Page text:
Government receives applications for more than 65 per cent of its installation capacity target for the year within 15 days of start of programme
Uttarakhand is exploring new strategies to make full use of the state’s solar energy potential. The state government recently launched a programme for urban households, commercial establishments, and business developers to help them set up small-scale rooftop solar power plants that can be connected to the grid. Households which opt for the scheme will not only get electricity during power cuts from the plant, but can also earn a profit by exporting any excess electricity they generate to the grid.
The scheme for Grid Interacted Rooftop and Small SPV (solar photo voltaic) Power Plant in Uttarakhand was launched on August 20 this year. The state aims to install a capacity of at least 2,500 kW of power by the end of this fiscal year. “Applications for nearly 1,700 kW have already been received,” says A K Tyagi, chief project officer of Uttarakhand Renewable Energy Development Agency.
The programme is backed by two incentives—a subsidy for installation of the plant and a high feed-in tariff. Applicants for rooftop solar projects are eligible for a subsidy of 30 per cent under the National Solar Mission of the Ministry of New and Renewable Energy. The remaining 70 per cent of the cost will have to be borne by the applicant. The state is also planning to provide loans through banks at subsidised rates from next year to help people raise capital, says Tyagi. The Uttarakhand Power Corporation Limited will pay Rs 9.20 for every excess unit of power received by the grid which is over and above what the user consumes, says Tyagi. Rates for power from conventional sources in Uttarakhand vary between Rs 2.30 and Rs 3.50 per unit.
As per the provisions of the Electricity Act, 2003, the Uttarakhand Electricity Regulatory Commission has set a solar power consumption target of 0.05 per cent for 2013-14. This means that of the total electricity consumed during the period, 0.05 per cent, has to be generated using solar power. The state had a solar installed capacity of 5.05 MW as of March 2013, connected to the grid, which helped it in meeting the target for 2012 -13. “Since the targets are increased annually by the regulatory commission, the rooftop solar programme would help in achieving the new targets,” says Tyagi.
The entry level capacity of rooftop plants has been kept at 300W per establishment to make common households a part of the initiative. But the scheme is only applicable to solar plants of up to 500 kW capacity.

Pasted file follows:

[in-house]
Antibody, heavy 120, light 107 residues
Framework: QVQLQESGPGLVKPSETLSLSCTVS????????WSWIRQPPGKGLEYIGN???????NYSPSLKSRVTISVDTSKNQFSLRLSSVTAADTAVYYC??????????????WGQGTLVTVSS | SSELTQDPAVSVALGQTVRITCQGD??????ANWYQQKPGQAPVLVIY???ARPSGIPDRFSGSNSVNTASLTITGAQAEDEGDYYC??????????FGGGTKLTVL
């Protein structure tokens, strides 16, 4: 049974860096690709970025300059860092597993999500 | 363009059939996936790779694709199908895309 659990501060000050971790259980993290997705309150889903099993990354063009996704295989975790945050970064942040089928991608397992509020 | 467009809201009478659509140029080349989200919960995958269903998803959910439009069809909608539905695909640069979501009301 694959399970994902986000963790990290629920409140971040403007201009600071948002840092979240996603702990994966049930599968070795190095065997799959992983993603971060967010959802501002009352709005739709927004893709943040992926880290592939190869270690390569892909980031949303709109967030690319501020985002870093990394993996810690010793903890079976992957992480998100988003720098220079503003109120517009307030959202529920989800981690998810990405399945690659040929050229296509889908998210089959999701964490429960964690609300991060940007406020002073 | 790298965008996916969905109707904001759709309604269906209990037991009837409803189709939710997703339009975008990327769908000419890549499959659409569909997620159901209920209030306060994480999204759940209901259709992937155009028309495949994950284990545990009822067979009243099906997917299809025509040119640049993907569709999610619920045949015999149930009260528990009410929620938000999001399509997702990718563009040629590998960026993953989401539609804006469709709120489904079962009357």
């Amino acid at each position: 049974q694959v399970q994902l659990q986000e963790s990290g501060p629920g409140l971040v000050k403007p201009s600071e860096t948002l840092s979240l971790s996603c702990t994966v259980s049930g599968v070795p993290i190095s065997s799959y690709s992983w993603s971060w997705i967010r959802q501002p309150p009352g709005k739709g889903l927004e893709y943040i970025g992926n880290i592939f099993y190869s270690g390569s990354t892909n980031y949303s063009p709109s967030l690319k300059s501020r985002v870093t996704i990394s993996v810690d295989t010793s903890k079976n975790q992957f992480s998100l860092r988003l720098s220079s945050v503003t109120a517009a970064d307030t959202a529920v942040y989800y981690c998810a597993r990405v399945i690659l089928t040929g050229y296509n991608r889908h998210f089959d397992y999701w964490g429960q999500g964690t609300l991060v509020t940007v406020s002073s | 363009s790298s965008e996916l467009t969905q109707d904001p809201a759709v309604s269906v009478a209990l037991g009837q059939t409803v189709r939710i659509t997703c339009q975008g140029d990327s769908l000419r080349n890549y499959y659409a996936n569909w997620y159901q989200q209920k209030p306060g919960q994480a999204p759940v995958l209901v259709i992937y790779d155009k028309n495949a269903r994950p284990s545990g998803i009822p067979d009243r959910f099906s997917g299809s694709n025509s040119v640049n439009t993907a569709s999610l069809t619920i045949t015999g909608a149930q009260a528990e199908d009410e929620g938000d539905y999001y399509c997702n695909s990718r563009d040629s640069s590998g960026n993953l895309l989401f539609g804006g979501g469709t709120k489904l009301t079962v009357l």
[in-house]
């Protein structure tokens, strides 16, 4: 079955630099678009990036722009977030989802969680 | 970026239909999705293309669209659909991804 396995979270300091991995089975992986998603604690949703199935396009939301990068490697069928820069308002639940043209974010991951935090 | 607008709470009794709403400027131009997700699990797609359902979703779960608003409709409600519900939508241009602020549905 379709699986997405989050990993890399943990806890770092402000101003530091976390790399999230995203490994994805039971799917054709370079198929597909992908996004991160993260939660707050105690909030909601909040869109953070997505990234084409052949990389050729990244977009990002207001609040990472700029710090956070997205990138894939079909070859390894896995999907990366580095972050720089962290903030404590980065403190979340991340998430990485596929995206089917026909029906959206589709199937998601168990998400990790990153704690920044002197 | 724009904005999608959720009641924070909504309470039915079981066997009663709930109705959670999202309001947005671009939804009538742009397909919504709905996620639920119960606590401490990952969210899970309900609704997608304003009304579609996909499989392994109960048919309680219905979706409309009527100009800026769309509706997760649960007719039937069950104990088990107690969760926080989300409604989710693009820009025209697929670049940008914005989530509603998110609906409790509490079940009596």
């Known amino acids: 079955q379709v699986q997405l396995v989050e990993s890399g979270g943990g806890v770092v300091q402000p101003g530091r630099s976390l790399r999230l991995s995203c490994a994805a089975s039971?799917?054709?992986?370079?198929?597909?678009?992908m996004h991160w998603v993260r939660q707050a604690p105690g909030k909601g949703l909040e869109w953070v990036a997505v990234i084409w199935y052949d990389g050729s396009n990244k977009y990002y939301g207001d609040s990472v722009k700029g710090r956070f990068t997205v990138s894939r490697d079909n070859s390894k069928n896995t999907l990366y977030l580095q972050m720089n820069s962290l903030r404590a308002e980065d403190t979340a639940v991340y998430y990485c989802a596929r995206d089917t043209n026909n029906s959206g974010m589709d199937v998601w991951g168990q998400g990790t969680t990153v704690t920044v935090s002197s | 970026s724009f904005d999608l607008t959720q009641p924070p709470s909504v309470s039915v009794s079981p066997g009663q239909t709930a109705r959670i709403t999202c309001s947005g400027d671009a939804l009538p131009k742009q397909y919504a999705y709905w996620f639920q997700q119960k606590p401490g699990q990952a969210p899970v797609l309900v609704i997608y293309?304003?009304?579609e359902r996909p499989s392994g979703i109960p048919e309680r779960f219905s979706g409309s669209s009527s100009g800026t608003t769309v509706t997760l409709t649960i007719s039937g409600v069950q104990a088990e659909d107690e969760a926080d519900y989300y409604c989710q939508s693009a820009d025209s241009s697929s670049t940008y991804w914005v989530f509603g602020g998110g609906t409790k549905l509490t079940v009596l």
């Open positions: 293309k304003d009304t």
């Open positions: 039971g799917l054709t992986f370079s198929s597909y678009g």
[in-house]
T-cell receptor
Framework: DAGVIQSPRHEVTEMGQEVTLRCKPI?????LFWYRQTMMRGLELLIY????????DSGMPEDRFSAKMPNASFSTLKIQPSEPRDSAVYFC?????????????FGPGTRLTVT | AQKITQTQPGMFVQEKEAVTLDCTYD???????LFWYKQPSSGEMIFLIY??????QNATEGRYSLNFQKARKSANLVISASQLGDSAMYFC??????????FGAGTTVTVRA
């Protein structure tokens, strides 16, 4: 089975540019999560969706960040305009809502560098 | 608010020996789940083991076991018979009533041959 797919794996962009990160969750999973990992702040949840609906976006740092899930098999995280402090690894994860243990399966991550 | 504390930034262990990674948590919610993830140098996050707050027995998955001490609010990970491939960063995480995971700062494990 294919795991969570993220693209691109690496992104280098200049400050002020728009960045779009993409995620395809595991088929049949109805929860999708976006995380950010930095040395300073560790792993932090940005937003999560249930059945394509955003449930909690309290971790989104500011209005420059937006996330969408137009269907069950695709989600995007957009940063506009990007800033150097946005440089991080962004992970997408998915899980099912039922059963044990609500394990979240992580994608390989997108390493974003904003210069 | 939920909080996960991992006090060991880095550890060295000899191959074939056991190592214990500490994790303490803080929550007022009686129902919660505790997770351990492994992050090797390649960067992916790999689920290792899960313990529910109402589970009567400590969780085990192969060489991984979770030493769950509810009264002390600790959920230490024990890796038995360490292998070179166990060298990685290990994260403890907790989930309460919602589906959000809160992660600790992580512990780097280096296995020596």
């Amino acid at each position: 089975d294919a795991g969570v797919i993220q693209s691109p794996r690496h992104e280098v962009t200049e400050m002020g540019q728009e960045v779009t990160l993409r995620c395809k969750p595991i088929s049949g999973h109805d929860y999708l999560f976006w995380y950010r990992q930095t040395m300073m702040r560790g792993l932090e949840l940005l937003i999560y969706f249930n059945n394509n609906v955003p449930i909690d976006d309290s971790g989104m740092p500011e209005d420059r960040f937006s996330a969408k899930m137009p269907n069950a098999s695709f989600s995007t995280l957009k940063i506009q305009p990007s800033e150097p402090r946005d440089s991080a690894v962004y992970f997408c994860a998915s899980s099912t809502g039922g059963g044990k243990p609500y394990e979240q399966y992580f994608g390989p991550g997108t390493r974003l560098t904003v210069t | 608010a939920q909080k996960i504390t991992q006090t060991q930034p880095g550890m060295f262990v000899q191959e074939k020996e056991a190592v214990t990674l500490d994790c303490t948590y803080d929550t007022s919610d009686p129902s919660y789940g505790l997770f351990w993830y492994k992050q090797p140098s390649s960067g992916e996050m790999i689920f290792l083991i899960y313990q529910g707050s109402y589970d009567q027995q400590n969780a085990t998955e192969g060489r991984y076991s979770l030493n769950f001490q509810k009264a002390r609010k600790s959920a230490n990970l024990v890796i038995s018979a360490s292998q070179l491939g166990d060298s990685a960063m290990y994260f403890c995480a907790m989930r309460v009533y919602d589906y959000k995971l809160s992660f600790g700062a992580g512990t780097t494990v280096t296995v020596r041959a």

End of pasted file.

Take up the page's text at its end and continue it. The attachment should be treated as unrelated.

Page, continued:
The programme has been designed keeping in mind the possibilities of various business models. For example, the roof can be leased to a project developer who can use the space to generate electricity. Or the power plant can be owned by the rooftop owner but operated and maintained by a third party who could have a financial agreement with the owner. In short, the programme is open to any type of agreement between a third party and the owner of the household where the plant is located.
An important aspect of a rooftop solar power plant is battery backup. For utilization or feeding the grid, the electricity produced by a solar power plant needs to synchronize with the voltage and frequency of the grid. During power cuts, electricity from the solar power plant cannot be utilised or exported because of the mismatch between the frequency in the grid line and the solar power plant, says Ananth Aravamudan, associate director, Selco Labs, a Karnataka non-profit. Therefore, it is essential to have a backup or storage (batteries, in this case) to have a continuous power supply, Aravamudan adds. The programme covers battery support only for plants with 300W to 100kW capacity. To explain, an applicant will get a 30 per cent subsidy on the total project cost if the plant is of 300w to 100kW capacity. But for plants with 100kW-500kW capacity, the subsidy will be only for the project costs, excluding battery.
Having a battery backup is expensive and can be about 20 per cent of the capital cost of the project. Batteries also need to be replaced every six to eight years, says S K Dwivedi, a solar power plant component supplier in Raipur.
The programme has been launched at a time when there is a growing demand for electricity and hydropower projects are taking a toll on the environment in Uttarakhand. The state had an energy deficit of 5.5 per cent for 2012-13.
Uttarakhand has been engaged in setting up solar-based home lighting systems, especially in rural and remote areas. Around 600 villages in the state have already been provided with such lighting systems.
Other states are also aiming at increasing their power generation capacity through the rooftop solar plant model. Kerala and Andhra Pradesh started their programmes earlier this year while Tamil Nadu is in the process of drafting the scheme.